Samuel Weinstein, MD, MBA
President and Chief Medical Officer
January 6, 2017
From a healthcare perspective, the only thing we can be certain of in 2017 is that there will be uncertainty. For healthcare administrators, there is uncertainty around how to manage changes in provisions of the Affordable Care Act, Bundled Payments for Care Improvement (BPCI), and the Medicare Access and CHIP Reauthorization Act (MACRA). Restructuring Medicare and Medicaid could have a significant impact on planning, implementation, and payments for providers. But, regardless of the new format, healthcare providers like SpecialtyCare will always have an obligation—both to their patients and their customers—to improve value by providing high-quality care while containing costs.
At SpecialtyCare, we keep a close eye on the political and regulatory environment to ensure that our policies and practices adhere to requirements. We consider the healthcare landscape when engaged in strategic planning and in every administrative decision, whether that affects the services we provide or the cost of those services. But one thing remains constant: our mission to improve the delivery of healthcare and the lives of our patients.
Reflecting on all that we accomplished in 2016, I remain inspired by the dedication of our clinical associates. Day and night, every day of the year, the people of SpecialtyCare are in operating rooms all across the country caring for patients and supporting our surgeons and their teams. The stories of “heroics” coming in from our customer facilities—from hunkering down and providing round-the-clock ECMO during a hurricane to helping a child undergo a new procedure that relieves the burden of seizures—demonstrate a commitment to prioritizing patient care above all else.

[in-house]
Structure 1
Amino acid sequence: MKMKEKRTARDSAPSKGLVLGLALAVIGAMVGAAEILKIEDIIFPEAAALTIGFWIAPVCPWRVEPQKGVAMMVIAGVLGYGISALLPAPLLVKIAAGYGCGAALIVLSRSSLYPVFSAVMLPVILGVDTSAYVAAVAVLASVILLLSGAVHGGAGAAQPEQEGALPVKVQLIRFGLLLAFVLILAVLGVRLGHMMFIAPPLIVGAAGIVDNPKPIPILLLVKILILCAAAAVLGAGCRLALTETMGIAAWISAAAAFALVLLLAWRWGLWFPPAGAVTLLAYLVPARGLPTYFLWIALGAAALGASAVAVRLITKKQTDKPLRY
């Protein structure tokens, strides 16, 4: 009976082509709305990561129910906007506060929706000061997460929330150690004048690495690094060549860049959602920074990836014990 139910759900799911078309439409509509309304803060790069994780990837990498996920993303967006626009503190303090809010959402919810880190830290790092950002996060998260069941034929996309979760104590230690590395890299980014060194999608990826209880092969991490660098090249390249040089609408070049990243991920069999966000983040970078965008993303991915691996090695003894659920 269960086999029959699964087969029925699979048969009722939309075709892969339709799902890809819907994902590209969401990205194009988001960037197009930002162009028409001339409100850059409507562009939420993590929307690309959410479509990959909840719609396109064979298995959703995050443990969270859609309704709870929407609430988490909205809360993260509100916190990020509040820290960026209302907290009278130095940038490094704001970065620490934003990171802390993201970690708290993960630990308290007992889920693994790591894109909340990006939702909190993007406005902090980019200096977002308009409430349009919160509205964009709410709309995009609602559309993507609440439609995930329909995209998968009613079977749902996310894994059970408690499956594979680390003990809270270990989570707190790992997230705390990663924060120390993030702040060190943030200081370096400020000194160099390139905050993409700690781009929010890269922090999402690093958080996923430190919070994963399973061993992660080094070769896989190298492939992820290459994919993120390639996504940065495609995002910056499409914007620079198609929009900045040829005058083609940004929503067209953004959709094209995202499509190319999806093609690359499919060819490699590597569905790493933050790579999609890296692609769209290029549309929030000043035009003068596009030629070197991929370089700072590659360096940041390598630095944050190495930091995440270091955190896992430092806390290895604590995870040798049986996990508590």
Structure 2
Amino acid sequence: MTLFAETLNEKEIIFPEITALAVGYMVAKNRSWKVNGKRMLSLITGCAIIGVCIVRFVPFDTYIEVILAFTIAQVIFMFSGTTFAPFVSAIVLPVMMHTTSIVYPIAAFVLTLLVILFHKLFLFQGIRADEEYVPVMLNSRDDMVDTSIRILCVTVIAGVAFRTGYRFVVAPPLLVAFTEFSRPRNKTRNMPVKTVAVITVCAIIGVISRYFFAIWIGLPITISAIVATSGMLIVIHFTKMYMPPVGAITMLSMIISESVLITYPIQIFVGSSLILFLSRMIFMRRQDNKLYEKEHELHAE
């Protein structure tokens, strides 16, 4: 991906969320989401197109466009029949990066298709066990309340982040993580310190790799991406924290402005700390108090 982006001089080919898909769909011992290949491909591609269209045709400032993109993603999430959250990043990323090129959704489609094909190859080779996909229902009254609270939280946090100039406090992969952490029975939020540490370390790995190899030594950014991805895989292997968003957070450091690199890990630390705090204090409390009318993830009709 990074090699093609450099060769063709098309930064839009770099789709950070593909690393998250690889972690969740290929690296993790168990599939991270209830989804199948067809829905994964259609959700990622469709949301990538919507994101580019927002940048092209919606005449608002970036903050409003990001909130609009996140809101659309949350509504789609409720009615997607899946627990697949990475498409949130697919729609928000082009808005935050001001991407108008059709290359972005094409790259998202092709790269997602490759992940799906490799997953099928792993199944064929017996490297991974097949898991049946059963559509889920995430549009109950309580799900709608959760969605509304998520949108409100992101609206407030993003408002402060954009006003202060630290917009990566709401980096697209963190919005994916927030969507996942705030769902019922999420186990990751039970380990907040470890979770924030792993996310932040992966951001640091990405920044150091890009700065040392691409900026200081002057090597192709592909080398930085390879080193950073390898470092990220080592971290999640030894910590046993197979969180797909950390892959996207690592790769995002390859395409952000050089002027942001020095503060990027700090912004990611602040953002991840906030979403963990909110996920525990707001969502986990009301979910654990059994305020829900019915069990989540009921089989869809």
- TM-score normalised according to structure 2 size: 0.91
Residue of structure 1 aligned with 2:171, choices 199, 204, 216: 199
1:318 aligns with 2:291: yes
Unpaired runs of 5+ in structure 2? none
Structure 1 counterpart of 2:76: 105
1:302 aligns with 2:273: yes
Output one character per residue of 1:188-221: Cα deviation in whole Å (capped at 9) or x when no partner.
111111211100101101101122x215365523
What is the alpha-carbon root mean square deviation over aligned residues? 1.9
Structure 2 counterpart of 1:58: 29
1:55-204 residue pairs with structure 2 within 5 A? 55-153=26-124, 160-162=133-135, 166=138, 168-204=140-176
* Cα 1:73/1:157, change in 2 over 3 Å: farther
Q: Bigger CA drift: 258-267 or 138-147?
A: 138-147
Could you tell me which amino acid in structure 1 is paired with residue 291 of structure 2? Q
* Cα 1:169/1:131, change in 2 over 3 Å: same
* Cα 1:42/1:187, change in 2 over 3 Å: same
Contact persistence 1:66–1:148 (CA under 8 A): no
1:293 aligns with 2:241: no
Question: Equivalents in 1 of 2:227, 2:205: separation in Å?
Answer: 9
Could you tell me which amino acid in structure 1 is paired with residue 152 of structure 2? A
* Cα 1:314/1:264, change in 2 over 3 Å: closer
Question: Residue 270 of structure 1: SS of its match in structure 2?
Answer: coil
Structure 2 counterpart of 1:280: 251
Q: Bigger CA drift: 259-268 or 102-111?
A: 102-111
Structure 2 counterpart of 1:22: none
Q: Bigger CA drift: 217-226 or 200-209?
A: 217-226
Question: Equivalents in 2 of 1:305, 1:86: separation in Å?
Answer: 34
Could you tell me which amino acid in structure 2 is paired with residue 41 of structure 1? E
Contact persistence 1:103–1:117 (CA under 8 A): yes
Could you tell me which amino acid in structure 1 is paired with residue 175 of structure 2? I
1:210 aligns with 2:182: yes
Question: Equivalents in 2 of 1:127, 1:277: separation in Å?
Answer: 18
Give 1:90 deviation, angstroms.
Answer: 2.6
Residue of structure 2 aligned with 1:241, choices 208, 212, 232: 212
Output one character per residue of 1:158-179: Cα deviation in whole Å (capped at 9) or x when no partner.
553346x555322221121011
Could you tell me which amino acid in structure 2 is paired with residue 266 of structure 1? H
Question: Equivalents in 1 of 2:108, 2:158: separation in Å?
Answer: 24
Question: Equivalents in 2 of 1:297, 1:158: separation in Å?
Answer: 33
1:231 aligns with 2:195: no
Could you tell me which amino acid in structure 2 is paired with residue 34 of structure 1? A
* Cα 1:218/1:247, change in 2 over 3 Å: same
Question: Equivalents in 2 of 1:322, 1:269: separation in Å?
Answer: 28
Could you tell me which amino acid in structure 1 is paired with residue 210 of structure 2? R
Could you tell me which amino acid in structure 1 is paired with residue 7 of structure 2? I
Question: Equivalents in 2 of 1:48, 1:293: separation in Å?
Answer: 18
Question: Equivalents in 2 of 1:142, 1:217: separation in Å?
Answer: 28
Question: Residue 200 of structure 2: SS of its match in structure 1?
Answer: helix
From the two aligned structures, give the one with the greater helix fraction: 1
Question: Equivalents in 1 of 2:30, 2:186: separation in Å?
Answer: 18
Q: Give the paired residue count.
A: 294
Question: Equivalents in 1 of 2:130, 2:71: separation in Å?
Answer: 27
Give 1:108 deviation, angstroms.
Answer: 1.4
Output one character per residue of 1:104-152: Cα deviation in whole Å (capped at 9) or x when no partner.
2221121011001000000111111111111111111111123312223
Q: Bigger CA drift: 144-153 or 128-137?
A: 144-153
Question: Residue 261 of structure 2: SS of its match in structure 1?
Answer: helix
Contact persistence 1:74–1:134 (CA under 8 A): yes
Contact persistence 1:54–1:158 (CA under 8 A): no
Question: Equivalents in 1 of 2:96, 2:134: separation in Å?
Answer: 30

I am also proud of our significant accomplishments outside the clinical setting, which ensure that our customers receive the greatest possible medical and economic value by partnering with us. Cross-functional teams integrated the newly acquired Sentient associates, strengthened our technical infrastructure, remodeled online training, streamlined the supply chain function, improved our online dashboards, developed more efficient surgical support processes, expanded clinical consulting services, sponsored a perfusion school, and launched the Brown-Brukardt Perfusion Scholarship. While some of these initiatives receive more exposure than others, they all create additional value for our customers.
Some of our efforts are more visible and impact patient care more directly. As an advisor on the Food and Drug Administration’s Circulatory Devices Panel tasked with addressing the nontuberculous mycobacteria (NTM) outbreak, our perfusion leadership has written extensively on the subject and continues to promote patient safety through recommendations and innovative practices. Members of our clinical team regularly share their experience and knowledge of proven techniques and the latest technologies with other healthcare providers in hospitals, classrooms, and industry meetings designed to educate and inform.